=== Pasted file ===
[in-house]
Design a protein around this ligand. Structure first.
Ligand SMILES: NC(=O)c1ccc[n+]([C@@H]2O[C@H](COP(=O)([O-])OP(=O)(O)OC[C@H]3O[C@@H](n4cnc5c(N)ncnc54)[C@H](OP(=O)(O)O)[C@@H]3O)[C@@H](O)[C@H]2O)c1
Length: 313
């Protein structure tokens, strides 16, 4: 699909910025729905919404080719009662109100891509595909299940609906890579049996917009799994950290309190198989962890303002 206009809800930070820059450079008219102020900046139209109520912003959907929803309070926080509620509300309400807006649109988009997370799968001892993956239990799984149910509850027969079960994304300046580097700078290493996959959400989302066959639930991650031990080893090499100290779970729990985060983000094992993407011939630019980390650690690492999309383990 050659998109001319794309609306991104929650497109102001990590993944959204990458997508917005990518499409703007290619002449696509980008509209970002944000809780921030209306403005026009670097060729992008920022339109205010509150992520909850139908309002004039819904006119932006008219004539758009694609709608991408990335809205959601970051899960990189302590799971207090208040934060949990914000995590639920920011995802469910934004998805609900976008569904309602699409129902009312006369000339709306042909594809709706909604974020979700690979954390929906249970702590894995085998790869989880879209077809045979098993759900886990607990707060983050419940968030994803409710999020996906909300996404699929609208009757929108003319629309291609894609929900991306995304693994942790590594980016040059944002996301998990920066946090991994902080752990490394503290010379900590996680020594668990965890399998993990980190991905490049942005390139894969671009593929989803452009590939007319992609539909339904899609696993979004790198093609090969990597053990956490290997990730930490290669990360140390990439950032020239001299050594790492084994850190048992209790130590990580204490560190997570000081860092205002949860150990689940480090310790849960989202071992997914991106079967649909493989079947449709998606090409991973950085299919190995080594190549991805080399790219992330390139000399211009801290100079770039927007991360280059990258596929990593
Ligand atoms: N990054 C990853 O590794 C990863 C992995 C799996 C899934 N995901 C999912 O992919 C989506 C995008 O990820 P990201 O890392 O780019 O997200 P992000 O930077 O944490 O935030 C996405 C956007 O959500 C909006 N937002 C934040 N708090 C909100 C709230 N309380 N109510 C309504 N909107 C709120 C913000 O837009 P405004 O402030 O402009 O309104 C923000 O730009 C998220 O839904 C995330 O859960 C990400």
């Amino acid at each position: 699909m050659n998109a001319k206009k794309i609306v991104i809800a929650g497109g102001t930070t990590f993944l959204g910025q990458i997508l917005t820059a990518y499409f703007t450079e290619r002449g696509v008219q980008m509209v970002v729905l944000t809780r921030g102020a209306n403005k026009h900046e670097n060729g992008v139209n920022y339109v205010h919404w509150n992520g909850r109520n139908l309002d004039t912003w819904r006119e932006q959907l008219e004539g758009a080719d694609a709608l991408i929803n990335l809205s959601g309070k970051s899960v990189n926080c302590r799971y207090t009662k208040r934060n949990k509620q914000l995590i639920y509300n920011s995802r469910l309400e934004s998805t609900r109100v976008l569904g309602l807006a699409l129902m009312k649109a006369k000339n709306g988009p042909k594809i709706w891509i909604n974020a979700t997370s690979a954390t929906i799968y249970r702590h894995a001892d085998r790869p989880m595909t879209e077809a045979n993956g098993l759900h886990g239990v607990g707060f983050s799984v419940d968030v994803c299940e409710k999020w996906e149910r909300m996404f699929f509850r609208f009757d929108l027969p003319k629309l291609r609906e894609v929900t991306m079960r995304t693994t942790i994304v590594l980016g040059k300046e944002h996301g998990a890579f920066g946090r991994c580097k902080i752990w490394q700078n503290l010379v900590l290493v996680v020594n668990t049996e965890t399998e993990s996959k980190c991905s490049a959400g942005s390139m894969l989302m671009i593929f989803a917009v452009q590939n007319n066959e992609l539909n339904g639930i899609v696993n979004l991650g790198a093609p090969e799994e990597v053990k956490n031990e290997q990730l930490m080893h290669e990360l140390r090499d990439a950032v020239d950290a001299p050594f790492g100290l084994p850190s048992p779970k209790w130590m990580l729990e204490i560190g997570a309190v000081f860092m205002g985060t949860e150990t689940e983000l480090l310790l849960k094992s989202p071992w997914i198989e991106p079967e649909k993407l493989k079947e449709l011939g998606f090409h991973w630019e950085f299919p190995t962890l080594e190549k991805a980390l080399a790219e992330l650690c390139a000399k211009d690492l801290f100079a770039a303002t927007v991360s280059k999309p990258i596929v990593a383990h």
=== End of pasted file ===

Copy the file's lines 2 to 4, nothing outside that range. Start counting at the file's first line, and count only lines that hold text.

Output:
Design a protein around this ligand. Structure first.
Ligand SMILES: NC(=O)c1ccc[n+]([C@@H]2O[C@H](COP(=O)([O-])OP(=O)(O)OC[C@H]3O[C@@H](n4cnc5c(N)ncnc54)[C@H](OP(=O)(O)O)[C@@H]3O)[C@@H](O)[C@H]2O)c1
Length: 313